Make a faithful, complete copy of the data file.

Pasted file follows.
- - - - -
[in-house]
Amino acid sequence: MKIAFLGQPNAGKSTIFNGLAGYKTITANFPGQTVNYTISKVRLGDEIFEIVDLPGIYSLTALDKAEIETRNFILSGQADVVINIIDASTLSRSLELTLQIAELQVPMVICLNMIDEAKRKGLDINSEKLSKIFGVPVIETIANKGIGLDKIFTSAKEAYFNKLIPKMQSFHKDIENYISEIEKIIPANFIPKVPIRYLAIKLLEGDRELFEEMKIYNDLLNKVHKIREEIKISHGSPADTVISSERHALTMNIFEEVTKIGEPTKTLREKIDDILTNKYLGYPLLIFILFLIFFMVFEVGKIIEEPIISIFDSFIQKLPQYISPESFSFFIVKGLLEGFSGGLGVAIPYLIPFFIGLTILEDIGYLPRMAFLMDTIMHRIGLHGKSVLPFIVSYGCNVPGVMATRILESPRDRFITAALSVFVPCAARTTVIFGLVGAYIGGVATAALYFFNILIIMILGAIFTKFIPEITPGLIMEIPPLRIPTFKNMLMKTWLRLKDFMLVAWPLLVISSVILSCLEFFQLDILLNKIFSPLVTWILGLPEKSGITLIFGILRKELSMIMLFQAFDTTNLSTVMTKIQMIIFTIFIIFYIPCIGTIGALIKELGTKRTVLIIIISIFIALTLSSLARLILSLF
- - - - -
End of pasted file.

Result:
[in-house]
Amino acid sequence: MKIAFLGQPNAGKSTIFNGLAGYKTITANFPGQTVNYTISKVRLGDEIFEIVDLPGIYSLTALDKAEIETRNFILSGQADVVINIIDASTLSRSLELTLQIAELQVPMVICLNMIDEAKRKGLDINSEKLSKIFGVPVIETIANKGIGLDKIFTSAKEAYFNKLIPKMQSFHKDIENYISEIEKIIPANFIPKVPIRYLAIKLLEGDRELFEEMKIYNDLLNKVHKIREEIKISHGSPADTVISSERHALTMNIFEEVTKIGEPTKTLREKIDDILTNKYLGYPLLIFILFLIFFMVFEVGKIIEEPIISIFDSFIQKLPQYISPESFSFFIVKGLLEGFSGGLGVAIPYLIPFFIGLTILEDIGYLPRMAFLMDTIMHRIGLHGKSVLPFIVSYGCNVPGVMATRILESPRDRFITAALSVFVPCAARTTVIFGLVGAYIGGVATAALYFFNILIIMILGAIFTKFIPEITPGLIMEIPPLRIPTFKNMLMKTWLRLKDFMLVAWPLLVISSVILSCLEFFQLDILLNKIFSPLVTWILGLPEKSGITLIFGILRKELSMIMLFQAFDTTNLSTVMTKIQMIIFTIFIIFYIPCIGTIGALIKELGTKRTVLIIIISIFIALTLSSLARLILSLF